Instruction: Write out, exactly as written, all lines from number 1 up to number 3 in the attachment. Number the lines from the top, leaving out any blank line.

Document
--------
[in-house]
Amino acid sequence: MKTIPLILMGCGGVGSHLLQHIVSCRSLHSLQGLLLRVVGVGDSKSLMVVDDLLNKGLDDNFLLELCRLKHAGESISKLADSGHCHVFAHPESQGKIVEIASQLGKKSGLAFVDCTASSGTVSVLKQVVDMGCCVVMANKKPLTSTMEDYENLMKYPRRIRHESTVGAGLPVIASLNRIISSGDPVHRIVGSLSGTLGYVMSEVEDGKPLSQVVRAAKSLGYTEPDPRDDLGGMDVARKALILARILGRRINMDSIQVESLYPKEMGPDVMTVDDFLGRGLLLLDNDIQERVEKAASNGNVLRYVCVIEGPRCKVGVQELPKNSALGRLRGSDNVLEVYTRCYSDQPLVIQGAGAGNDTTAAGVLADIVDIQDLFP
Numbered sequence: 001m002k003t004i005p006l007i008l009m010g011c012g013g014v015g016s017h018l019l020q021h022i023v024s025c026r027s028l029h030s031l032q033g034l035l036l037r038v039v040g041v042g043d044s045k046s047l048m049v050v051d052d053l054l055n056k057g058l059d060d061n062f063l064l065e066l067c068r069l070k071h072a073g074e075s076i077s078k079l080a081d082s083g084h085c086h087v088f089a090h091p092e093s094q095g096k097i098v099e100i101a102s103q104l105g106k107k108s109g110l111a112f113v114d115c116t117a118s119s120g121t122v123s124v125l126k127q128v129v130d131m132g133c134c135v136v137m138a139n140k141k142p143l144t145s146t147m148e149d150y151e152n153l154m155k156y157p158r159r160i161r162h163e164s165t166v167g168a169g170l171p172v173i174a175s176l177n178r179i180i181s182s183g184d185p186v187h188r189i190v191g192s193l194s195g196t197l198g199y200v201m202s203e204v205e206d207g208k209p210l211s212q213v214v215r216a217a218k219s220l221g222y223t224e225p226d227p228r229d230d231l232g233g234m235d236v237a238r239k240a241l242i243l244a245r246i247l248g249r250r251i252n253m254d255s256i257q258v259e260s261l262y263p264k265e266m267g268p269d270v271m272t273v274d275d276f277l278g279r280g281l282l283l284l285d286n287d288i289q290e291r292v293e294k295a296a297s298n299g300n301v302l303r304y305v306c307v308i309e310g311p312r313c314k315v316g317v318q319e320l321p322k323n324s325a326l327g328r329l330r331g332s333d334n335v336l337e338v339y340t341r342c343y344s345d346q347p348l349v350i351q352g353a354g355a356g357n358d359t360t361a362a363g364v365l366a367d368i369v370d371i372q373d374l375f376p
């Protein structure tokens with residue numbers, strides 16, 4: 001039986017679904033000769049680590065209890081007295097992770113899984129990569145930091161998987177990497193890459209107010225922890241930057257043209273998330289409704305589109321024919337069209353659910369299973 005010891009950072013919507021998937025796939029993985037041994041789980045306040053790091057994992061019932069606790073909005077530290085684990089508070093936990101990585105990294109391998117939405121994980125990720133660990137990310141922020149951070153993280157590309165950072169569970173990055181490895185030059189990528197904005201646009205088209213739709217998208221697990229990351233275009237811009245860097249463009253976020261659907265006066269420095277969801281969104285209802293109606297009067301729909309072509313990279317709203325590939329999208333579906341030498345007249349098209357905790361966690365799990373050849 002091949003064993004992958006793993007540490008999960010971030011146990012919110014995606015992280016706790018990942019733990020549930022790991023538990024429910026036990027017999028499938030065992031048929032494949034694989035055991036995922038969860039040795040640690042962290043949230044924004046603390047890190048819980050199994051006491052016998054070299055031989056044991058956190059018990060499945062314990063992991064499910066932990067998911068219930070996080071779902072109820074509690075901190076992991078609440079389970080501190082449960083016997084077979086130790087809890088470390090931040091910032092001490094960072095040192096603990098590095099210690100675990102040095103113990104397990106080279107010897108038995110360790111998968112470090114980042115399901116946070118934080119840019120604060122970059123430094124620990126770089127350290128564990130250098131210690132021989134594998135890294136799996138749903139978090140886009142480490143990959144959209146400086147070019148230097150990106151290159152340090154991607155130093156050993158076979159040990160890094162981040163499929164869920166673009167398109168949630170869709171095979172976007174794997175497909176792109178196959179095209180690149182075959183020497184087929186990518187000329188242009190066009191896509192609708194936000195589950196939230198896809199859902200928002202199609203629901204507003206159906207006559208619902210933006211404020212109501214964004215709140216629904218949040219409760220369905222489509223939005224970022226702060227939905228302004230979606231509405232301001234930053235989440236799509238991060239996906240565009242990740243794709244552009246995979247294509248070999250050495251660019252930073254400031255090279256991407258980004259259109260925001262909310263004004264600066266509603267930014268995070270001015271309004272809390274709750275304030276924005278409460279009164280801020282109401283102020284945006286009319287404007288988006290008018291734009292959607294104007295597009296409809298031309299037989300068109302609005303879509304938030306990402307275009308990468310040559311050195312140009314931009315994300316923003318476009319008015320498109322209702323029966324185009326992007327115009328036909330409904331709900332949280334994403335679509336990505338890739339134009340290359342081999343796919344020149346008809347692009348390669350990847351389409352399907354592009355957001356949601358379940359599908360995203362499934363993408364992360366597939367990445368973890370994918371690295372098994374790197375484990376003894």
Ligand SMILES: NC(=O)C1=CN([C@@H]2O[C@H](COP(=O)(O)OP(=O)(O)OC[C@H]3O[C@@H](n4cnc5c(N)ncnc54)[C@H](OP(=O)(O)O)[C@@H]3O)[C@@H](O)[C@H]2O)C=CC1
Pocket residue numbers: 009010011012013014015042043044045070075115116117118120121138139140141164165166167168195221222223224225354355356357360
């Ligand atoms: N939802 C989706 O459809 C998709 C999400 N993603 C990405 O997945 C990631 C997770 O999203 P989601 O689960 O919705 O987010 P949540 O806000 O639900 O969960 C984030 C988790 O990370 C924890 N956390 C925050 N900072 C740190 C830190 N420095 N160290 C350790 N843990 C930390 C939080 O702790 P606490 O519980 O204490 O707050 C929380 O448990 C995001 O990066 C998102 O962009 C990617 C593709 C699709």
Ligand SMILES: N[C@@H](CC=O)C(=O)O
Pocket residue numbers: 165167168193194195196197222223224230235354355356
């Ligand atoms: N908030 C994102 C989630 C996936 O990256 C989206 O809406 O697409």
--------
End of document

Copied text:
[in-house]
Amino acid sequence: MKTIPLILMGCGGVGSHLLQHIVSCRSLHSLQGLLLRVVGVGDSKSLMVVDDLLNKGLDDNFLLELCRLKHAGESISKLADSGHCHVFAHPESQGKIVEIASQLGKKSGLAFVDCTASSGTVSVLKQVVDMGCCVVMANKKPLTSTMEDYENLMKYPRRIRHESTVGAGLPVIASLNRIISSGDPVHRIVGSLSGTLGYVMSEVEDGKPLSQVVRAAKSLGYTEPDPRDDLGGMDVARKALILARILGRRINMDSIQVESLYPKEMGPDVMTVDDFLGRGLLLLDNDIQERVEKAASNGNVLRYVCVIEGPRCKVGVQELPKNSALGRLRGSDNVLEVYTRCYSDQPLVIQGAGAGNDTTAAGVLADIVDIQDLFP
Numbered sequence: 001m002k003t004i005p006l007i008l009m010g011c012g013g014v015g016s017h018l019l020q021h022i023v024s025c026r027s028l029h030s031l032q033g034l035l036l037r038v039v040g041v042g043d044s045k046s047l048m049v050v051d052d053l054l055n056k057g058l059d060d061n062f063l064l065e066l067c068r069l070k071h072a073g074e075s076i077s078k079l080a081d082s083g084h085c086h087v088f089a090h091p092e093s094q095g096k097i098v099e100i101a102s103q104l105g106k107k108s109g110l111a112f113v114d115c116t117a118s119s120g121t122v123s124v125l126k127q128v129v130d131m132g133c134c135v136v137m138a139n140k141k142p143l144t145s146t147m148e149d150y151e152n153l154m155k156y157p158r159r160i161r162h163e164s165t166v167g168a169g170l171p172v173i174a175s176l177n178r179i180i181s182s183g184d185p186v187h188r189i190v191g192s193l194s195g196t197l198g199y200v201m202s203e204v205e206d207g208k209p210l211s212q213v214v215r216a217a218k219s220l221g222y223t224e225p226d227p228r229d230d231l232g233g234m235d236v237a238r239k240a241l242i243l244a245r246i247l248g249r250r251i252n253m254d255s256i257q258v259e260s261l262y263p264k265e266m267g268p269d270v271m272t273v274d275d276f277l278g279r280g281l282l283l284l285d286n287d288i289q290e291r292v293e294k295a296a297s298n299g300n301v302l303r304y305v306c307v308i309e310g311p312r313c314k315v316g317v318q319e320l321p322k323n324s325a326l327g328r329l330r331g332s333d334n335v336l337e338v339y340t341r342c343y344s345d346q347p348l349v350i351q352g353a354g355a356g357n358d359t360t361a362a363g364v365l366a367d368i369v370d371i372q373d374l375f376p